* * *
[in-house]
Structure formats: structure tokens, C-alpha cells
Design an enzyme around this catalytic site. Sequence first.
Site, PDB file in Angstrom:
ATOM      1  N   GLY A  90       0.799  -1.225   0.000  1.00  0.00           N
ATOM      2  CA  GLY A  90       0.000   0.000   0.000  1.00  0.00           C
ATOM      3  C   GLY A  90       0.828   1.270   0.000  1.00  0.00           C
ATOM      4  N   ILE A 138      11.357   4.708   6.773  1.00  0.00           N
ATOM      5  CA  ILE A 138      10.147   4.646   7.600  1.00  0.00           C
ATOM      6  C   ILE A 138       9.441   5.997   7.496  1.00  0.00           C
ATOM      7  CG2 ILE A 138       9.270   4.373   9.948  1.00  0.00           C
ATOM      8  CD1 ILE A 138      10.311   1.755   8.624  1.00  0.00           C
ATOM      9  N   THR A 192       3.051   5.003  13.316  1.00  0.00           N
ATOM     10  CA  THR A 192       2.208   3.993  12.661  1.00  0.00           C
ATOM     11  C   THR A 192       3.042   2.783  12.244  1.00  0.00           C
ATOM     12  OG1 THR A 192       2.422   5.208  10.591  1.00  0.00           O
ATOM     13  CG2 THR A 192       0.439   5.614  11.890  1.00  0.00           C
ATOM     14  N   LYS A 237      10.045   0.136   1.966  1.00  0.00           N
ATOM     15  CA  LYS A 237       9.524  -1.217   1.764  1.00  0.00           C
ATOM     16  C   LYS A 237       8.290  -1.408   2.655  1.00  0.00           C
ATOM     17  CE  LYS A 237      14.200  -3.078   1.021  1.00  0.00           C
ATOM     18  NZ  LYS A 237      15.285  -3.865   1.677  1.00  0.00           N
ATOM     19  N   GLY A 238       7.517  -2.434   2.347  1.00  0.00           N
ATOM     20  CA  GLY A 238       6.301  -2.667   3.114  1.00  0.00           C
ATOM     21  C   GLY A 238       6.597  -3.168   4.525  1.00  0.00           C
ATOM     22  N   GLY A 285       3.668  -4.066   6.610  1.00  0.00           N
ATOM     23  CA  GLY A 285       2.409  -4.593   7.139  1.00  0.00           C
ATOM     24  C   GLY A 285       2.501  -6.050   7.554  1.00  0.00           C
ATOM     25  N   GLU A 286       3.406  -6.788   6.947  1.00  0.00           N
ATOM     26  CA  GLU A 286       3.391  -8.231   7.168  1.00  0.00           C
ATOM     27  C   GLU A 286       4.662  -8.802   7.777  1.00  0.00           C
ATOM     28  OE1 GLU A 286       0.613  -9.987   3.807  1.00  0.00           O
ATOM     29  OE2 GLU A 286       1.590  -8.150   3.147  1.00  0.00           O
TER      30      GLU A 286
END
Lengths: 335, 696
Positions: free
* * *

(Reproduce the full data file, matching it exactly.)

[in-house]
Structure formats: structure tokens, C-alpha cells
Design an enzyme around this catalytic site. Sequence first.
Site, PDB file in Angstrom:
ATOM      1  N   GLY A  90       0.799  -1.225   0.000  1.00  0.00           N
ATOM      2  CA  GLY A  90       0.000   0.000   0.000  1.00  0.00           C
ATOM      3  C   GLY A  90       0.828   1.270   0.000  1.00  0.00           C
ATOM      4  N   ILE A 138      11.357   4.708   6.773  1.00  0.00           N
ATOM      5  CA  ILE A 138      10.147   4.646   7.600  1.00  0.00           C
ATOM      6  C   ILE A 138       9.441   5.997   7.496  1.00  0.00           C
ATOM      7  CG2 ILE A 138       9.270   4.373   9.948  1.00  0.00           C
ATOM      8  CD1 ILE A 138      10.311   1.755   8.624  1.00  0.00           C
ATOM      9  N   THR A 192       3.051   5.003  13.316  1.00  0.00           N
ATOM     10  CA  THR A 192       2.208   3.993  12.661  1.00  0.00           C
ATOM     11  C   THR A 192       3.042   2.783  12.244  1.00  0.00           C
ATOM     12  OG1 THR A 192       2.422   5.208  10.591  1.00  0.00           O
ATOM     13  CG2 THR A 192       0.439   5.614  11.890  1.00  0.00           C
ATOM     14  N   LYS A 237      10.045   0.136   1.966  1.00  0.00           N
ATOM     15  CA  LYS A 237       9.524  -1.217   1.764  1.00  0.00           C
ATOM     16  C   LYS A 237       8.290  -1.408   2.655  1.00  0.00           C
ATOM     17  CE  LYS A 237      14.200  -3.078   1.021  1.00  0.00           C
ATOM     18  NZ  LYS A 237      15.285  -3.865   1.677  1.00  0.00           N
ATOM     19  N   GLY A 238       7.517  -2.434   2.347  1.00  0.00           N
ATOM     20  CA  GLY A 238       6.301  -2.667   3.114  1.00  0.00           C
ATOM     21  C   GLY A 238       6.597  -3.168   4.525  1.00  0.00           C
ATOM     22  N   GLY A 285       3.668  -4.066   6.610  1.00  0.00           N
ATOM     23  CA  GLY A 285       2.409  -4.593   7.139  1.00  0.00           C
ATOM     24  C   GLY A 285       2.501  -6.050   7.554  1.00  0.00           C
ATOM     25  N   GLU A 286       3.406  -6.788   6.947  1.00  0.00           N
ATOM     26  CA  GLU A 286       3.391  -8.231   7.168  1.00  0.00           C
ATOM     27  C   GLU A 286       4.662  -8.802   7.777  1.00  0.00           C
ATOM     28  OE1 GLU A 286       0.613  -9.987   3.807  1.00  0.00           O
ATOM     29  OE2 GLU A 286       1.590  -8.150   3.147  1.00  0.00           O
TER      30      GLU A 286
END
Lengths: 335, 696
Positions: free